Voluntary use of carbon credits, as part of an overarching climate change mitigation strategy that includes direct cuts in carbon emissions, is a viable way for a corporation to compensate for its emissions. This is especially so when other economically feasible means of climate change mitigation have been exhausted and there remain residual emissions. These emissions could either be due to currently hard-to-abate infrastructure, fuel use or process, or historical emissions that a corporate wishes to compensate for.
Far from being least-preferred and a last resort, carbon credits allow leading corporates to take immediate, much needed action in addition to – not instead of – decarbonising. Promoting and investing in carbon credit projects demonstrates a corporate’s acceptance that climate change is a global issue and its willingness to contribute to solving the problem, rather than just contributing to the problem.
The voluntary carbon market is essential in providing a robust, market-based approach to investment in activities that mitigate climate change by reducing emissions and removing carbon from the atmosphere. Voluntary carbon credits not only fill the gap left by international and national compliance credits in effecting real change at scale, but increase the effectiveness and efficiency of mitigation efforts, leading ultimately to a positive net contribution to global climate policies.
It is important to distinguish criticism of usage of carbon credits (i.e. irresponsible use of carbon credits on their own as a displacement technique) from criticism of the instrument itself. Carbon credits are an essential tool for both limiting further emissions and for drawing down global emissions of atmospheric carbon today. They are essential because the world has not developed affordable technologies at scale to simultaneously remove all greenhouse gas emissions worldwide. Nor has a global body imposed universal regulation on carbon emissions, so carbon credits are a market force to fill the gap between emerging regulatory regimes with compliance allowance schemes.
However, it is fair to say that not all carbon credits are created equally. Even though one tonne of carbon is the same in any credit-bearing project, there are still quality differences.
In the case of natural climate solutions (NCS),which involve protecting and expanding natural ecosystems that absorb carbon dioxide from the environment, high quality credits will include additional benefits beyond carbon sequestration:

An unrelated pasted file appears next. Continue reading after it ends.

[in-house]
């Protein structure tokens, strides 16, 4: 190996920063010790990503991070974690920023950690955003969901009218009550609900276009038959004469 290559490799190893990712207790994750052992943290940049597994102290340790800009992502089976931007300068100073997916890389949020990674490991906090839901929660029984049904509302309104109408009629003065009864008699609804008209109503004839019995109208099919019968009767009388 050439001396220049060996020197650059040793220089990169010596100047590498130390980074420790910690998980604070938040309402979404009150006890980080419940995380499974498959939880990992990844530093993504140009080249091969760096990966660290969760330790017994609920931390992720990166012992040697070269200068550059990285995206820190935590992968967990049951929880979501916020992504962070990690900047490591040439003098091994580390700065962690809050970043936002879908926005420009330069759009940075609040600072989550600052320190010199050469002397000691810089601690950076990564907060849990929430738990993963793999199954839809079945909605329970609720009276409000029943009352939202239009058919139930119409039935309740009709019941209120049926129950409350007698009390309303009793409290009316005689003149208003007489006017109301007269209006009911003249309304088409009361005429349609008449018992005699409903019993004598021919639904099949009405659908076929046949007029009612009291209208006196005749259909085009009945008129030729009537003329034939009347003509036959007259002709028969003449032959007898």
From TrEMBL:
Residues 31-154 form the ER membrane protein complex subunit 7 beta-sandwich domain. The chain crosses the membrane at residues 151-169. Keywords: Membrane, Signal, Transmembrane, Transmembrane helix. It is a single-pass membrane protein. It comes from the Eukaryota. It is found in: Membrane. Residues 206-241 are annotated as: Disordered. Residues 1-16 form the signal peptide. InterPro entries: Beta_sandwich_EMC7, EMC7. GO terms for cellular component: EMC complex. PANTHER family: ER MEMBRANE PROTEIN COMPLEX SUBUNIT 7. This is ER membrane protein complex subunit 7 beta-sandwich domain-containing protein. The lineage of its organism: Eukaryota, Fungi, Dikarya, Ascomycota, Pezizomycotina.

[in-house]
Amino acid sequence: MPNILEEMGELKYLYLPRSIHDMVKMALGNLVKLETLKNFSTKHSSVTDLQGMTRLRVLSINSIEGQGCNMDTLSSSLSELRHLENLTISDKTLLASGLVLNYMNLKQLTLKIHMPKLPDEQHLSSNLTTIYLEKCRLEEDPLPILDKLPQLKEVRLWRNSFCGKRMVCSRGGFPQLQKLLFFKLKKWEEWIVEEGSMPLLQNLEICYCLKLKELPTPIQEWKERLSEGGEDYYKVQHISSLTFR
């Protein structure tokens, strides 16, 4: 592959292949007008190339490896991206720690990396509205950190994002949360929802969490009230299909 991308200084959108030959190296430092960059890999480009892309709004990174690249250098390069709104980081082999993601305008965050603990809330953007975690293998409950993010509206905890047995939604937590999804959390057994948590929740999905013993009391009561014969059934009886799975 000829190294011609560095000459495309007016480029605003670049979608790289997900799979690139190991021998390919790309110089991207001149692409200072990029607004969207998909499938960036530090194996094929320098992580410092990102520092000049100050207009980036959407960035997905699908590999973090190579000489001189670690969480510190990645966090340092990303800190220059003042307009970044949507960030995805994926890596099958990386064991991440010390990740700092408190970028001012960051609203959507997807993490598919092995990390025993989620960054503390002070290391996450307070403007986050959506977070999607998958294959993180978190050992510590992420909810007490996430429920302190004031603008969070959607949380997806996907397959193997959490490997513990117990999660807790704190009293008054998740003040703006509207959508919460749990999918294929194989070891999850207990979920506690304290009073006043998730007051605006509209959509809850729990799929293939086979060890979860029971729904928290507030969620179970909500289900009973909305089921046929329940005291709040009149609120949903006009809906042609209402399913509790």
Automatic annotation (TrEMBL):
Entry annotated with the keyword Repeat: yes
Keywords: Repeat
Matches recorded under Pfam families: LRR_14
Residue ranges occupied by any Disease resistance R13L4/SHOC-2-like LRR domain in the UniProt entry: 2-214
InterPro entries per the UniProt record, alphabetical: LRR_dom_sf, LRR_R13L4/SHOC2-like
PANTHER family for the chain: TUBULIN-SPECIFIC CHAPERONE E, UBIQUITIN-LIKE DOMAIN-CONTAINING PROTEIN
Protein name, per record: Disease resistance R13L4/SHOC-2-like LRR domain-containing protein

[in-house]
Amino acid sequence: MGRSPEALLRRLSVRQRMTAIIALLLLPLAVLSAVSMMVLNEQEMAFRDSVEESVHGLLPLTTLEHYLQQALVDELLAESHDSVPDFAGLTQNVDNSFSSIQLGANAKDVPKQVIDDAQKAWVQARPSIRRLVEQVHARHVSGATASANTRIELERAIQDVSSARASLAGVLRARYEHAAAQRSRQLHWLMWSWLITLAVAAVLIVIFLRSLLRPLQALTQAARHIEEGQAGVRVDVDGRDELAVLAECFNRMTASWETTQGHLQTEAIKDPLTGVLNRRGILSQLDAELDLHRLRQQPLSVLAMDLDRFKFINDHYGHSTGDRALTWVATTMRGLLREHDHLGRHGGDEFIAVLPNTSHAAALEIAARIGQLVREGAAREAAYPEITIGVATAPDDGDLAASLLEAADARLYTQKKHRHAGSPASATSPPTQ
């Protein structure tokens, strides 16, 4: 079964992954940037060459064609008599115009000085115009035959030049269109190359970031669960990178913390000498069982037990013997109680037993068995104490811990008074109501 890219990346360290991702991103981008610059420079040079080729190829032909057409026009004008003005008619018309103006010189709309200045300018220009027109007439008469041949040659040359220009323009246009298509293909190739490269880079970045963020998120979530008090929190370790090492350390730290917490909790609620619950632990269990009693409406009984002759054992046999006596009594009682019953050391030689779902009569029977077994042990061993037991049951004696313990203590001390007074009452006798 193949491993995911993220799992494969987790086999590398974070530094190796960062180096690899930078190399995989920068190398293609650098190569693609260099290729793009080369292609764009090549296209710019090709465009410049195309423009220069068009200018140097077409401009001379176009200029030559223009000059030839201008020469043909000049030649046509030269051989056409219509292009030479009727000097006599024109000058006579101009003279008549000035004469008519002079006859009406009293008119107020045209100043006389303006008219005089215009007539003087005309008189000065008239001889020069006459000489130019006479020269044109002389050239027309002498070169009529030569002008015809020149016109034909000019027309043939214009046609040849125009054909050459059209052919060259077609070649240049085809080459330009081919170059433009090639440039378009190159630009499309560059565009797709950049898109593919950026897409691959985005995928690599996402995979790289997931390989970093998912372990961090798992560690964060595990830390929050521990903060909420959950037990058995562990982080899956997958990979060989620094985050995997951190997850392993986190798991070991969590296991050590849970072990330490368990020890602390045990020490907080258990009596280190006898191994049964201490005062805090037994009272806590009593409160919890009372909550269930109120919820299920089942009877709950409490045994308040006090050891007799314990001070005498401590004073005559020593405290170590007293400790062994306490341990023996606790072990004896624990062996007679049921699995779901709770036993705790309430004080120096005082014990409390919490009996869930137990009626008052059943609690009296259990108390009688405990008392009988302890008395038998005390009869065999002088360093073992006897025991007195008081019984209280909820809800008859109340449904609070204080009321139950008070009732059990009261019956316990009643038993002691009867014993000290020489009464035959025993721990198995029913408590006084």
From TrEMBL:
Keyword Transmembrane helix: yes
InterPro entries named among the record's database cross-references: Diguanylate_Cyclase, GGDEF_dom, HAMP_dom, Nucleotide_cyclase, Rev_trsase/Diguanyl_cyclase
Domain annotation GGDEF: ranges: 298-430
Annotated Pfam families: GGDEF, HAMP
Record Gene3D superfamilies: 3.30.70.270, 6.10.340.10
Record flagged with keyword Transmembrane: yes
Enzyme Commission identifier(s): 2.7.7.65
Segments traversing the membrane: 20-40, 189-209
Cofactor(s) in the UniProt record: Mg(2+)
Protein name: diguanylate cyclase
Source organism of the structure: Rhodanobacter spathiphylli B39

1. Directed income to countries of the Global South, where most nature-based voluntary carbon credits projects are located – in zones of tropical rainforest and coastal zones with fast-growing mangrove. These countries also need funds to repair or restore after natural disasters exacerbated by climate change.
2. Investment in forest preservation and reforestation projects which also support socio-economic development for those living in forest areas in line with UN-SDGs. In fact, many commercial project developers often serve both international development aid agencies and supply the voluntary carbon credit market to cover project costs, at the same time.
3. Biodiversity conservation in projects that protect existing pristine tropical forest from deforestation, illegal logging and exploration of natural resources, even in protected areas.
4. Some projects bring about climate mitigation and adaption at the same time, e.g. carbon credits from mangrove forest restoration projects are both an effective protection against rising sea levels (adaptation to potential flooding due to climate change) near cities, and are useful for carbon sequestration over a prolonged period (climate mitigation).
Challenges aimed at the voluntary carbon market include the lack of regulation and transparency, and that it creates potential for greenwashing without actual emissions reductions. CIX addresses these valid criticisms head on, building trust as an exchange only for credible, quality credits.
When voluntary carbon projects are ‘done right’ and credits are used responsibly, the voluntary carbon market is a critical mechanism to direct investment and funding to scale meaningful carbon sequestration solutions. CIX recognises that building trust in ‘doing it right’ requires transparency and additional due diligence or quality assurance.
CIX adopts stringent measures to ensure that the credits we sell make a genuine, positive impact. For example, the nature-based projects the exchange offers must demonstrate a strong degree of quality and integrity– delivering real and lasting environmental, social and biodiversity impact. All projects listed on CIX’s Project Marketplace are filtered through a 4-step screening process:
Step 1: Projects must meet internationally recognised carbon verification standards.
Step 2: Projects are assessed against a checklist of CIX’s Internal Scoring that includes assessment of carbon attributes, biodiversity and social impact and project risk management.
Step 3: Projects are calibrated against third party analysis and ratings. CIX uses Sylvera to assess and monitor credit-bearing forestry projects.
Step 4: Projects that fall into a ‘marginal decision’ category are reviewed by CIX’s International Advisory Council of over 20 global thought leaders who are experts in sustainability, and who represent NGOs, project developers, standard setting agencies and industry.
Note: Our assessment of each project serves as an internal guide in deciding whether to list a project on exchange. It is not an indication of the financial / investment potential of a project; and is not used to determine whether a carbon credit or project should be bought or sold.
March 2, 2022